Calum MacLeod (of Raasay)

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Calum's Road as it is today
Plaque on Calum's Cairn

Malcolm MacLeod (Scottish Gaelic: Calum MacLeòid), BEM (15 November 1911 - 26 January 1988) was a crofter who famously built Calum's Road on the Island of Raasay, Scotland. He was Local Assistant Keeper of Rona Lighthouse and the part-time postman for the north end of Raasay.

Early life[edit]

Calum was the son of Donald MacLeod of Arnish on Raasay and Julia Gilles of Fladda. He was born in Glasgow as his father was working in the merchant navy. With the outbreak of World War I, Calum and his mother moved to the croft and house adjacent to that of his grandfather, in northern Raasay. Calum had 2 brothers, Ronald and Charles, and 3 sisters, Bella Dolly (died in the 1919 Spanish flu pandemic), Katie and Bella.[1]

Calum attended Torran school, with its single teacher, James Mackinnon (Seumas Ruadh). He married Alexandrina (Lexie) Macdonald (1911 - 2001).

Road building[edit]

Calum and his brother, Charles, constructed the track from Torran to Fladda (Eilean Fladday), over three winters from 1949-1952. For this, they were each paid £35 a year by the local council.[1]

After decades of unsuccessful campaigning by the inhabitants of the north end of Raasay for a road, and several failed grant applications, Calum decided to build the road himself. Purchasing Thomas Aitken's manual Road Making & Maintenance: A Practical Treatise for Engineers, Surveyors and Others (London, 1900), for half a crown, he started work, replacing the old narrow footpath. Over a period of about ten years (1964-1974), he constructed one and three quarter miles of road between Brochel Castle and Arnish, using little more than a shovel, a pick and a wheelbarrow. Initial blasting work was carried out and funded, to the sum of £1,900, by the Department of Agriculture's Engineering Department, who supplied a compressor, explosives, driller, blaster, and men.[1]

Several years after its completion, the road was finally adopted and surfaced by the local council. By then, Calum and his wife, Lexie, were the last inhabitants of Arnish.[1]

Recognition[edit]

Calum was awarded the British Empire Medal "for maintaining supplies to the Rona light". The citation could not say for constructing a road which had been the subject of conflict with the authorities for twenty years.[1]

Calum's Road has been commemorated in music by Capercaillie on their 1988 album The Blood is Strong and in a book by Roger Hutchinson.[2][3] "Calum's Road" is about to become a major film, the rights to the book having been bought by HandMade Films and the film is being produced in partnership with UK Made Films.[4] The Scottish writer Colin MacDonald is writing the screenplay.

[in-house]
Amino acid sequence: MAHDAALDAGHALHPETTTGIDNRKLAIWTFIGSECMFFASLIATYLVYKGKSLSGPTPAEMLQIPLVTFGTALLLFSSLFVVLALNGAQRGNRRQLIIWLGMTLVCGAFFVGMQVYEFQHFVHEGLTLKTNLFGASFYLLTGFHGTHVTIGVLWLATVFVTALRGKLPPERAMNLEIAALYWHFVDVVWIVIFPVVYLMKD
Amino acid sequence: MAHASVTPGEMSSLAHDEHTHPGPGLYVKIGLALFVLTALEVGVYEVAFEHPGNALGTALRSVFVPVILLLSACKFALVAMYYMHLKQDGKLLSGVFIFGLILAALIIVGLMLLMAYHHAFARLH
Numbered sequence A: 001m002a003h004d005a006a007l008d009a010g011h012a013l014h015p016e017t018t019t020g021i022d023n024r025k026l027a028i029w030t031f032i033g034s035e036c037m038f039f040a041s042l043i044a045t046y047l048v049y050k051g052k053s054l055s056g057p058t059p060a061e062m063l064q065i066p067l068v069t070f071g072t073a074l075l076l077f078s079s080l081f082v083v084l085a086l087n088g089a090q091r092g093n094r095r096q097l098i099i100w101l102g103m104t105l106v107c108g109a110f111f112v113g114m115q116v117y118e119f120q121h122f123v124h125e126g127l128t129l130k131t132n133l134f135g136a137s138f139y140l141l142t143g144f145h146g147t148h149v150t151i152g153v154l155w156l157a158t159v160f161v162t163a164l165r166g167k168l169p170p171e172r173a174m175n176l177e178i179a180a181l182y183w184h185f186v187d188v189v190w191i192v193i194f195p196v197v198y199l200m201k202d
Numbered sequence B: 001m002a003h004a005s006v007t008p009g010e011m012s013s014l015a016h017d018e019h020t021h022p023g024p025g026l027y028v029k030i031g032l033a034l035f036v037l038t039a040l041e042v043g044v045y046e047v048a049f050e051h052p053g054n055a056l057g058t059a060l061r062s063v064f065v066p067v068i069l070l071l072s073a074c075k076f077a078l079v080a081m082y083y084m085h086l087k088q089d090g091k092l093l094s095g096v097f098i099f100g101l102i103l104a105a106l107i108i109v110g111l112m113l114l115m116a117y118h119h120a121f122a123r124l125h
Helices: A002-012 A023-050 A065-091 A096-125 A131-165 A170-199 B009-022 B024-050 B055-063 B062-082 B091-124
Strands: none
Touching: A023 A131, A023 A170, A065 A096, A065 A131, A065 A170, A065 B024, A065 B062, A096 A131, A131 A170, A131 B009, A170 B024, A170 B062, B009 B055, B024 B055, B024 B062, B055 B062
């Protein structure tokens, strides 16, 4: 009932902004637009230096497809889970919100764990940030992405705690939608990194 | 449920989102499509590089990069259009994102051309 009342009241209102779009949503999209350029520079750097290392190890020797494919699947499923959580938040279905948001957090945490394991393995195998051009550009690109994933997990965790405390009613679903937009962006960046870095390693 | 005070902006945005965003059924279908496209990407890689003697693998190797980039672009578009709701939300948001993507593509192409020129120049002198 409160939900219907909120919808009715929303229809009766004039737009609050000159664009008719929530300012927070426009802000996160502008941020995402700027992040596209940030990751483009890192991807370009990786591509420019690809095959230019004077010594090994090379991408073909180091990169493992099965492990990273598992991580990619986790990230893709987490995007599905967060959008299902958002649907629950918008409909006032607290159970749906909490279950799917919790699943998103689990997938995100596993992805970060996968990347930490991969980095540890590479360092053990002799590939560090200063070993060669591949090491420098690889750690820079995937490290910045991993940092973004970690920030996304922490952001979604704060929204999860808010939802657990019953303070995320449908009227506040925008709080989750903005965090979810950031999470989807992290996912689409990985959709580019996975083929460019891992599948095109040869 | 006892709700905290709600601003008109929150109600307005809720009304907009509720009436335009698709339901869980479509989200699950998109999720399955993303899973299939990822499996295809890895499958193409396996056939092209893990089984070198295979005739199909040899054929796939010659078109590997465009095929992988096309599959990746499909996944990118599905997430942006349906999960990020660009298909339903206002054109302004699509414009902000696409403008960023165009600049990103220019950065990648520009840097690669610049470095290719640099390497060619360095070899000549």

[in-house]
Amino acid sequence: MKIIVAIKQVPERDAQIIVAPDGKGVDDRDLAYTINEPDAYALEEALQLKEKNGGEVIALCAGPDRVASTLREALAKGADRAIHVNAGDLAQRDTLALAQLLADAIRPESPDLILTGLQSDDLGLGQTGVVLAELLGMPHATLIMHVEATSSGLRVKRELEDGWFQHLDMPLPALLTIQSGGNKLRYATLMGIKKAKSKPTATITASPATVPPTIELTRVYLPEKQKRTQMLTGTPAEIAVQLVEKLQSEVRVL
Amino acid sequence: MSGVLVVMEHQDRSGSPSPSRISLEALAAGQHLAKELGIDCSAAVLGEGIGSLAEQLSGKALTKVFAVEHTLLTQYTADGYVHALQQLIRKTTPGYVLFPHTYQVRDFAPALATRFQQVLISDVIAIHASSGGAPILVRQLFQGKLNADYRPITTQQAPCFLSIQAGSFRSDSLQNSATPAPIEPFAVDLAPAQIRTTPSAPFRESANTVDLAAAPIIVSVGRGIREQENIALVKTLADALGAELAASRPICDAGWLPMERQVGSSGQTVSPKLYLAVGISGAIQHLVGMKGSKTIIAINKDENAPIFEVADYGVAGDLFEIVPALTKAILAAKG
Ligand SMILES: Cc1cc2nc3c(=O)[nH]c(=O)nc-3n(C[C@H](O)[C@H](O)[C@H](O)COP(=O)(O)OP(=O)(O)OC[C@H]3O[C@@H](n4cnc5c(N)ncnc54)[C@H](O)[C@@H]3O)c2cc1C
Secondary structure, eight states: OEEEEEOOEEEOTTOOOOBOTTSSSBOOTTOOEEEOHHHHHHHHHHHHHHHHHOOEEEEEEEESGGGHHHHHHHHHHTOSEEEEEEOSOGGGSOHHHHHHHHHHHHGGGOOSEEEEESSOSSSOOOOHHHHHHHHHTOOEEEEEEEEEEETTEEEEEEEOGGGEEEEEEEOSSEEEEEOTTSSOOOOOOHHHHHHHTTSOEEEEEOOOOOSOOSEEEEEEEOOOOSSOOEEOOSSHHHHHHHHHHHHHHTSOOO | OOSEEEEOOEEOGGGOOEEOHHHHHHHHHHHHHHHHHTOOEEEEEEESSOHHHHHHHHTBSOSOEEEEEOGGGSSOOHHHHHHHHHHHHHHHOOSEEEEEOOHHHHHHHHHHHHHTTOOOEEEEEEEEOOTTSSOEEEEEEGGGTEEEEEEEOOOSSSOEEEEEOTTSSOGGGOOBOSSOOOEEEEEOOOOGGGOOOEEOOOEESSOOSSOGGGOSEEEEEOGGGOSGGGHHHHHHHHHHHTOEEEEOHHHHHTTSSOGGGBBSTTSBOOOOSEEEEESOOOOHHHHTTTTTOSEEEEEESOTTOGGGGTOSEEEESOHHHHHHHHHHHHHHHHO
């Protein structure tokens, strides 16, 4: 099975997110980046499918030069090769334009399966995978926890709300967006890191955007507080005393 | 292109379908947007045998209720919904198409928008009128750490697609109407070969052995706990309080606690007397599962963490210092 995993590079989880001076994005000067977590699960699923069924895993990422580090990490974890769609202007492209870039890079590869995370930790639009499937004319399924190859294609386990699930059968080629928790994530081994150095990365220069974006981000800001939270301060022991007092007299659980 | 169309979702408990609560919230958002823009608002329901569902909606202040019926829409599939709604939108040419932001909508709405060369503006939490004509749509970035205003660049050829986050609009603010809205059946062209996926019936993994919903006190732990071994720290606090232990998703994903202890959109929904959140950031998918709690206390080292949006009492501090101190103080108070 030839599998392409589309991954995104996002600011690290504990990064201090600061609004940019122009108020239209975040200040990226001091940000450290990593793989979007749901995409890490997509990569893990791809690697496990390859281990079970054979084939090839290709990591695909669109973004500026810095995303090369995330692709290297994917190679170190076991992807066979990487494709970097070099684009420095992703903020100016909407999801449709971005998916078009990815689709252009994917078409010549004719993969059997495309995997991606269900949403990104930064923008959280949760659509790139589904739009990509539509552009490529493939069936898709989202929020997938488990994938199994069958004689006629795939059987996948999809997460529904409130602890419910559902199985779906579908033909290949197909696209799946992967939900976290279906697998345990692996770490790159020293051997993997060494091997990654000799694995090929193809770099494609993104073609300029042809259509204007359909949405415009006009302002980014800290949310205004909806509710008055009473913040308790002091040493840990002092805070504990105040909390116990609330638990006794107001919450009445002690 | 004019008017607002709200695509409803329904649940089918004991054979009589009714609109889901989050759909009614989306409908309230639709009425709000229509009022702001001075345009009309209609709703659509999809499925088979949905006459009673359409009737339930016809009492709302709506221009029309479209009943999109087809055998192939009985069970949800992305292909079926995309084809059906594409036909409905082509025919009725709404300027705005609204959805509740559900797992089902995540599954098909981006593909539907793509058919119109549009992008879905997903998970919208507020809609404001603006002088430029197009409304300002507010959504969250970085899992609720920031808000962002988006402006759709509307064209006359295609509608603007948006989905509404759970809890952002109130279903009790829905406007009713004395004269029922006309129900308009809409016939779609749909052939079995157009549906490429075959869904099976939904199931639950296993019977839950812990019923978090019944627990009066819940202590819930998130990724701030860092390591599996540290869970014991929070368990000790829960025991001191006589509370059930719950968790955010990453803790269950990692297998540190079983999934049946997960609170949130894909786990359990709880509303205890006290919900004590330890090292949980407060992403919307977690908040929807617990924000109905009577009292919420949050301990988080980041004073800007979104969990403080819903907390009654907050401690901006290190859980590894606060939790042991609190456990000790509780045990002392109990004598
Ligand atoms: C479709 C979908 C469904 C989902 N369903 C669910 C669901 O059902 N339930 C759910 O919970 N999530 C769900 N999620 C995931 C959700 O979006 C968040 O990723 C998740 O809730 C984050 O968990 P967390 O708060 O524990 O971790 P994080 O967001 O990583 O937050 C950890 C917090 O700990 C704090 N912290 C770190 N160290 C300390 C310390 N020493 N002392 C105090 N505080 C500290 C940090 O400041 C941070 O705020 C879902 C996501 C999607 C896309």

A cairn beside his road near Brochel Castle commemorates Calum's achievements. It is inscribed in Gaelic and then English. This cairn was built by Donald John Graham of Portree, Skye.

A song on Scottish band Runrig's eleventh studio album The Stamping Ground, entitled Wall of China / One Man was inspired by Calum's story.

A play Calum's Road was adapted by David Harrower from Roger Hutchinson's book. Produced by the National Theatre of Scotland and Communicado Theatre Company, directed by Gerry Mulgrew, it toured Scotland in Autumn 2011 and in the Summer of 2013. Calum's Road, a radio play written by Colin MacDonald and starring Ian McDiarmid, was broadcast on BBC Radio 4 in October 2013.[5] Gillian Reynolds, in the Daily Telegraph, described it as "a story to inspire".

Gaelic writer[edit]

As well as being a road-builder, MacLeod was a writer. A zealous and tireless correspondent with local authorities and newspapers, he was also a local historian of some distinction. Some, but by no means all, of his writings were published during his lifetime as articles in the Gaelic periodical Gairm, while others have been posthumously collected, translated, and edited by his daughter Julia MacLeod Allan as Fàsachadh An-Iochdmhor Ratharsair: The Cruel Clearance of Raasay (Clò Àrnais, 2007).

Published writings[edit]

'An Gàidheal gaisgeil', Gairm, 111-12 (Summer/Autumn, 1980), 223-42; 113 (Winter, 1980-1), 65-78. [biographical anecdotes concerning Captain Donald McRae (1893-1963), Sydney Harbourmaster 1951-6]
'Màiri Mhòr nan Òran agus an ceannaiche', Gairm, 114 (Spring, 1981), 122-3.
'Tha mise ag iarraidh liùgh no bodach-ruadh anns am bi triubhas', Gairm, 115 (Summer, 1981), 219-20.
'Turas a’ bhotail uisge-bheatha', Gairm, 121 (Winter, 1982-3), 61-5.
'Bi aoigheil ri luchd-turais: Ach leugh seo!', Gairm, 122 (Spring, 1983), 174-8.
'An tuagh-cloiche', Gairm, 125 (Winter, 1983-4), 38-9.
'Dà sheann uidheam: An criathar agus an cliabh-gaoithe', Gairm, 126 (Spring, 1984), 132-3.
'A' chas-chrom', Gairm, 127 (Summer, 1984), 223-7.
'A’ chreathail Ghàidhealach', Gairm, 129 (Winter, 1984-5), 52-4.
'An caibe-làir', Gairm, 131 (Summer, 1985), 223-4.
'Turas Dhòmhnaill Bhàin air a’ Mhetagama', Gairm, 133 (Winter, 1985-6), 67-78.
'Turas Dhòmhnaill Bhàin gu Iodhlainn Alba (Scotland Yard)', Gairm, 127 (Winter, 1986-7), 57-63.
'Dòigh air leigheas at-amhaich', Gairm, 141 (Spring, 1988), 170.
(ed. Julia MacLeod Allan), Fàsachadh An-Iochdmhor Ratharsair: The Cruel Clearance of Raasay (Clò Àrnais, 2007).

References[edit]

  1. ^ a b c d e Roger Hutchinson (2006). Calum's Road. Edinburgh: Birlinn. ISBN 978-1-84158-447-8. 
  2. ^ Capercailie website[dead link]
  3. ^ "Calum's Road chord sequence". Nigelgatherer.com. Retrieved 2014-01-06. 
  4. ^ "Welcome to UK Made Films - Home". Ukmadefilms.com. Retrieved 2014-01-06. 
  5. ^ "BBC Radio 4 - Saturday Drama, Calum's Road". Bbc.co.uk. 2013-10-05. Retrieved 2014-01-06.